The news that Ron DeSantis had thrown in the towel — “suspended my campaign” in the losers’ parlance of this and every year’s presidential races — broke early in the afternoon, too late, and no doubt by design, for the talking heads of the networks’ Sunday morning pundits to seize the moment and gloat about their prescience in expecting it all along. True, after Iowa and running a poor third in the state polls before New Hampshire’s primary on Tuesday (Wednesday in Australia), bailing out right now made sense for a faltering, cash-strapped candidate. But grim reality is not what aspirants to the Oval Office generally recognise, so often clinging in hope and self-deceit to their ambitions long after the ebb tide of support has left them on the beach. Think here of George Bush the Elder harrying Ronald Reagan in 1980 or, 28 years later on the other side of the aisle, Hillary Clinton refusing to concede until very late in the game that Obama had her whipped. In 2016, she had her own zombie challenger in Bernie Sanders, who terrier-like refused to let go despite knowing for a lead-pipe cinch that the Clinton machine had rigged the Democrats’ selection process to leave him with no chance whatsoever. Politicians in America are much easier to kill than their ambitions.
And that’s what makes the promptness of DeSantis’ decision both remarkable and his candidacy worth mourning. A year ago, there was an air of inevitability about him. Here was the governor of a booming state who represented so much of what Trump voters liked, indeed loved and still do. DeSantis had taken on the teachers unions and beaten them, picked a winning fight with Disney, Florida’s largest employer, and who extolled family values while pinning back the Mouse Factory’s big woke ears. He had served in the Navy – electorally a big plus, especially in the South and Flyover States — which Trump could not match, having waltzed away from military service in the Vietnam years on heels purportedly afflicted with incapacitating bone spurs. DeSantis had the record, the achievements and none of Trump’s personal and legal baggage.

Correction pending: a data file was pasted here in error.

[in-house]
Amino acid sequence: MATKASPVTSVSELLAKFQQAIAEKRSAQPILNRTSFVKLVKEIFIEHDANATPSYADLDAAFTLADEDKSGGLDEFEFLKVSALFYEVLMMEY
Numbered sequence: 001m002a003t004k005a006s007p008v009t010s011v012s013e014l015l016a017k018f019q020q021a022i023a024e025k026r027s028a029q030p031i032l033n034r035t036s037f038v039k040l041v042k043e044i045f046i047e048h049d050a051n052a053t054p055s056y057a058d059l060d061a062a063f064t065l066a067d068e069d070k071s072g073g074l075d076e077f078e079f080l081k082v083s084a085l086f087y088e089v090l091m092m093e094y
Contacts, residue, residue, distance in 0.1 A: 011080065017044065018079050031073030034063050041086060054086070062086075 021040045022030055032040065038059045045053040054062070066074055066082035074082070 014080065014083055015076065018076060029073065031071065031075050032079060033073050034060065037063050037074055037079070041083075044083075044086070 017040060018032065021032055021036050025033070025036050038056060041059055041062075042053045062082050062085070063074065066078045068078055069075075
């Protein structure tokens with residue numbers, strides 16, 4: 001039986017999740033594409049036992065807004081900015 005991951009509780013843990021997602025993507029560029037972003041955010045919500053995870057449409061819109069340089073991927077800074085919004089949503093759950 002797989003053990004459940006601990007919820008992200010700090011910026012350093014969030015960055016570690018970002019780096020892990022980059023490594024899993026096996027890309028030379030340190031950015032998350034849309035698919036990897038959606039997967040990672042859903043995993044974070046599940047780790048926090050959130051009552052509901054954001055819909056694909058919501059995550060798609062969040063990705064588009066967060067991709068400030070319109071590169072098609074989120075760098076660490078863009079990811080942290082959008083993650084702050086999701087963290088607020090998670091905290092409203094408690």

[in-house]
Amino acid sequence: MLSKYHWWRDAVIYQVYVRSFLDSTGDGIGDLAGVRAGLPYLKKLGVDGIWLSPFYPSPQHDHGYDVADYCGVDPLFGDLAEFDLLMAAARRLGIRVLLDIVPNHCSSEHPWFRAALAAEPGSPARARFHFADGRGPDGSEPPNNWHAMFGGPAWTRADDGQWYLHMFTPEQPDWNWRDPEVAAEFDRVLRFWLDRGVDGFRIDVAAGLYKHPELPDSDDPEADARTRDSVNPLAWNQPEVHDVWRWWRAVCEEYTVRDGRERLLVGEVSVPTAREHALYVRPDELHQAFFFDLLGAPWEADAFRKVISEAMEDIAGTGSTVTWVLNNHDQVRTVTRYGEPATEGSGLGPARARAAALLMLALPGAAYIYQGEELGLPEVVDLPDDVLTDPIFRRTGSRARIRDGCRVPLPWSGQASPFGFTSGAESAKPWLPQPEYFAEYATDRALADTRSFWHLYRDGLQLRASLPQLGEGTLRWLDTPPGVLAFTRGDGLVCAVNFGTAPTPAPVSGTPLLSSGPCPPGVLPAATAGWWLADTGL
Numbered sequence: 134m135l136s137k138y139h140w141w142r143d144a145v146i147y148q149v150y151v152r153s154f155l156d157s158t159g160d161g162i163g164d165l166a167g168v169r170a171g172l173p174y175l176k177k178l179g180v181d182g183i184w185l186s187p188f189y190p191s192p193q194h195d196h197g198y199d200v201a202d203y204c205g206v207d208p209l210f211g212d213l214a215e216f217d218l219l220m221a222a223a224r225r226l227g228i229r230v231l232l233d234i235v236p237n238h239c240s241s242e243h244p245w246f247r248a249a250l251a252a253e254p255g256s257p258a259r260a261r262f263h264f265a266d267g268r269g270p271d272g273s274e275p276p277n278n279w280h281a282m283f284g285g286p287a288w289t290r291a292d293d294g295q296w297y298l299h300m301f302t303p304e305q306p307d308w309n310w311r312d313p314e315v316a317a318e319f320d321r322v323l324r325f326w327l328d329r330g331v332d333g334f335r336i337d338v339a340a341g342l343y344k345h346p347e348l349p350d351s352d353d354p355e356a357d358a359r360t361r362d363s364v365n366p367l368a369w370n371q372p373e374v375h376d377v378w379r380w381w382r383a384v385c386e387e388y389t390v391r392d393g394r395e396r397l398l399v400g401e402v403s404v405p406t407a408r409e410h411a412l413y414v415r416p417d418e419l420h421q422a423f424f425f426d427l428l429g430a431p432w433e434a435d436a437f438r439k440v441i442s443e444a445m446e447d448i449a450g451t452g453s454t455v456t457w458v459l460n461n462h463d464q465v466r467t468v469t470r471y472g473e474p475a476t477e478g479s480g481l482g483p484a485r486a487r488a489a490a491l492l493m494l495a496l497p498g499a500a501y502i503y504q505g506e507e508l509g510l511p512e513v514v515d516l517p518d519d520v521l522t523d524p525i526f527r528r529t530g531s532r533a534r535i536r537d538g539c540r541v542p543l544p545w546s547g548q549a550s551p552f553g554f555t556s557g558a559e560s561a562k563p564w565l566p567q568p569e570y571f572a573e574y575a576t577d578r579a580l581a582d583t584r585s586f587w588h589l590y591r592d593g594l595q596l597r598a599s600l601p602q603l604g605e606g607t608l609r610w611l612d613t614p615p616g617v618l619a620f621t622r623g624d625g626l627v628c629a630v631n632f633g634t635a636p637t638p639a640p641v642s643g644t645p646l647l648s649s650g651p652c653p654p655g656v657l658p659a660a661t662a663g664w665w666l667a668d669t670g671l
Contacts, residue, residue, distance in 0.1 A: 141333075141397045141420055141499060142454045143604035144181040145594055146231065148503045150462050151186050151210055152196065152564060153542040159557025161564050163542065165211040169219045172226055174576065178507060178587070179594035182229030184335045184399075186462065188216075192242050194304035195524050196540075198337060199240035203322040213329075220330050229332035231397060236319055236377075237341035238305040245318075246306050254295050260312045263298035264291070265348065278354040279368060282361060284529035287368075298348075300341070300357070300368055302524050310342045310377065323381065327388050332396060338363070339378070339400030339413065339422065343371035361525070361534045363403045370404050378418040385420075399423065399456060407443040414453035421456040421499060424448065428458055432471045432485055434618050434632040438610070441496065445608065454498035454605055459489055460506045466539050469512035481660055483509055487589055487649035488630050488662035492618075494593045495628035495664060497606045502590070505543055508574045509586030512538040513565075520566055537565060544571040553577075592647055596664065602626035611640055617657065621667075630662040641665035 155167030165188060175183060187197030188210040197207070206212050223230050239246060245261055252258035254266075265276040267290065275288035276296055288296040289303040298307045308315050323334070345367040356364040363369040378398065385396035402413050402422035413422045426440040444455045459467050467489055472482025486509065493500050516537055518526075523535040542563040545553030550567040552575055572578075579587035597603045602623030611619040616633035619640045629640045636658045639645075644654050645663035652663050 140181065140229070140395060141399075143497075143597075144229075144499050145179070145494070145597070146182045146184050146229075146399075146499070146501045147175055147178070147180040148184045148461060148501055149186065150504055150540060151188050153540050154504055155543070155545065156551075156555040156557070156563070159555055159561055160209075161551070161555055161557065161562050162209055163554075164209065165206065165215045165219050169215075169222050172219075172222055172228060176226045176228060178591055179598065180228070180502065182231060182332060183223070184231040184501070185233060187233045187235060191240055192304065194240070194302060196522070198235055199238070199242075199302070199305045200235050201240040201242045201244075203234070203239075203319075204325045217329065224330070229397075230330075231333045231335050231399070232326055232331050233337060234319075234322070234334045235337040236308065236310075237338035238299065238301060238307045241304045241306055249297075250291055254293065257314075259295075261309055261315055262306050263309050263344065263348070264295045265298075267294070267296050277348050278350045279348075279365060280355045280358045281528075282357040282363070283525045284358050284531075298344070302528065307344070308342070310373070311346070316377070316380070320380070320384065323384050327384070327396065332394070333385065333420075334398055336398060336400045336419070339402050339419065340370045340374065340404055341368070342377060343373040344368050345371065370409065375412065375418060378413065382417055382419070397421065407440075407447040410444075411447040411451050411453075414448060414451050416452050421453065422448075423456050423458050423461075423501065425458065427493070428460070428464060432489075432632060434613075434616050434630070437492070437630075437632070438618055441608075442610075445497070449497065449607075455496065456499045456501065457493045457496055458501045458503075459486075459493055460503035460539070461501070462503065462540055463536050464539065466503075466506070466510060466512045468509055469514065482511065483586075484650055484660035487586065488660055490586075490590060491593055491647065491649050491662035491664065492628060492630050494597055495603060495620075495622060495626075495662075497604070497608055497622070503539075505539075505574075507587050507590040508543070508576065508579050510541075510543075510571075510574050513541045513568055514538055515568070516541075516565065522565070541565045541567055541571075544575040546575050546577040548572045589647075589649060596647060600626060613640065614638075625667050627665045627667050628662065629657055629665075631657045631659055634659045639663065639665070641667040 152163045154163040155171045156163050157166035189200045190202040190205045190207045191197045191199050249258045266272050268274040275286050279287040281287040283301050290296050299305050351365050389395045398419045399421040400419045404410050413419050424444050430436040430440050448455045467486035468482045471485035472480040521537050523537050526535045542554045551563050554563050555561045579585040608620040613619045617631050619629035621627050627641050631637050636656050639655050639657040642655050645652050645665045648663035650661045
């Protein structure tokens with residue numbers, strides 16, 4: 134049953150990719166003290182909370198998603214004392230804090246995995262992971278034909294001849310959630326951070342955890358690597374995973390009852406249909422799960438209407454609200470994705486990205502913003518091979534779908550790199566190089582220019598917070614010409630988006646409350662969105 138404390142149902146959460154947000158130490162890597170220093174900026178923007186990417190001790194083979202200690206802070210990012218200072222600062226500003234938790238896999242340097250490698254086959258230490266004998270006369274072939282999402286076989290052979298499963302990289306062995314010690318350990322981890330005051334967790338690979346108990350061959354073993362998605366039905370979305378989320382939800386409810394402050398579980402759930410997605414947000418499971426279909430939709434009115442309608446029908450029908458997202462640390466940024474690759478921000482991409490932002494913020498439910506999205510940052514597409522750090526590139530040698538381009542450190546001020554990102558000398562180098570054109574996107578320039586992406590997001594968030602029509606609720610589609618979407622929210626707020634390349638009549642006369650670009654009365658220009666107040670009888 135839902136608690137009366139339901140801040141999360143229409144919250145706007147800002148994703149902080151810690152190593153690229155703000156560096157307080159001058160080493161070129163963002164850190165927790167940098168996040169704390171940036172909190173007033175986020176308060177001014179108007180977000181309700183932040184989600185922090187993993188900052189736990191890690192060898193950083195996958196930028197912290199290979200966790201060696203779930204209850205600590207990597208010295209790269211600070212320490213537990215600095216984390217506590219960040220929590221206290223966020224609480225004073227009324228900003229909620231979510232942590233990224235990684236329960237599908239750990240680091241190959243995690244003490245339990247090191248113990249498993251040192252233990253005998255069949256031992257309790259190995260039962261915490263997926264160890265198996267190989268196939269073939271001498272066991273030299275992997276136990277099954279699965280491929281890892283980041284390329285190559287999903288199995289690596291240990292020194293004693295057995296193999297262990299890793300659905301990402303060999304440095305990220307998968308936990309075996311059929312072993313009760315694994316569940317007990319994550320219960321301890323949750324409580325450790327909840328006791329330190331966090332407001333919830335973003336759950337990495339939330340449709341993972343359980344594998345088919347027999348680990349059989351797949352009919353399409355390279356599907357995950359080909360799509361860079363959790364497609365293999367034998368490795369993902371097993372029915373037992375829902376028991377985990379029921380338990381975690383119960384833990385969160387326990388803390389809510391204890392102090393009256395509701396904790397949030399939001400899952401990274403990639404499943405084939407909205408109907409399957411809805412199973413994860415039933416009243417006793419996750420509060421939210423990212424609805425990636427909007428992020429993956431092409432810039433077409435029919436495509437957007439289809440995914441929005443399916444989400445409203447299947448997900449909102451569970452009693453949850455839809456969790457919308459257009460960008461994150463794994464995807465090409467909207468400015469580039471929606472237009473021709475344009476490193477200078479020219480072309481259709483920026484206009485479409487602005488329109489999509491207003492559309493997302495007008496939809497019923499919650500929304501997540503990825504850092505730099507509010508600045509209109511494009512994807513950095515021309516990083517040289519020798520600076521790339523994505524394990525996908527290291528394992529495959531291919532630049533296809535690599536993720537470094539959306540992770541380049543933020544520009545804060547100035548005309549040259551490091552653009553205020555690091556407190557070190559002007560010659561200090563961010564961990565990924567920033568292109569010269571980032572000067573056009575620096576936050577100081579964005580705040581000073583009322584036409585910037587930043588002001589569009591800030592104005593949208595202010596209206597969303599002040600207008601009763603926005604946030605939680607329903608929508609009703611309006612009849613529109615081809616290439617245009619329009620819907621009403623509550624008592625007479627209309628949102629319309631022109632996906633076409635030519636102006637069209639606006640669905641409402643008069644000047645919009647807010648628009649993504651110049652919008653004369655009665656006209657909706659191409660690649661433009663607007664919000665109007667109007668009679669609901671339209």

The big-bucks donors — take that to mean corporate money — discerned a winner, set aside their reservations about a governor who gave Disney a good kicking and opened their wallets. That pundits and bookies alike rated him the early frontrunner was only to be expected.
Meanwhile the grief being heaped on Trump expanded exponentially. Improbable accusations of sexual assault in a New York department store’s ladies changing room, the two impeachment hearings and the ludicrous, summary conviction (before even a word of evidence had been introduced) by a hack judge straight from the Democrat clubhouse of a “fraud” that left none of the lending banks out of pocket. Beyond all that, the January 6 show trials spawned the prosecutions he faces in Washington DC and in Georgia. Richard Nixon’s vice-president, Spiro Agnew, was booted on the strength of just one accusation, subsequently settled with a plea bargain, of failing to pay tax on $30,000 of brown-bagged graft when Maryland’s governor. As of today, Trump faces a total of 91 criminal charges, plus a slather of civil actions. Who could be surprised that the smart money was all for DeSantis?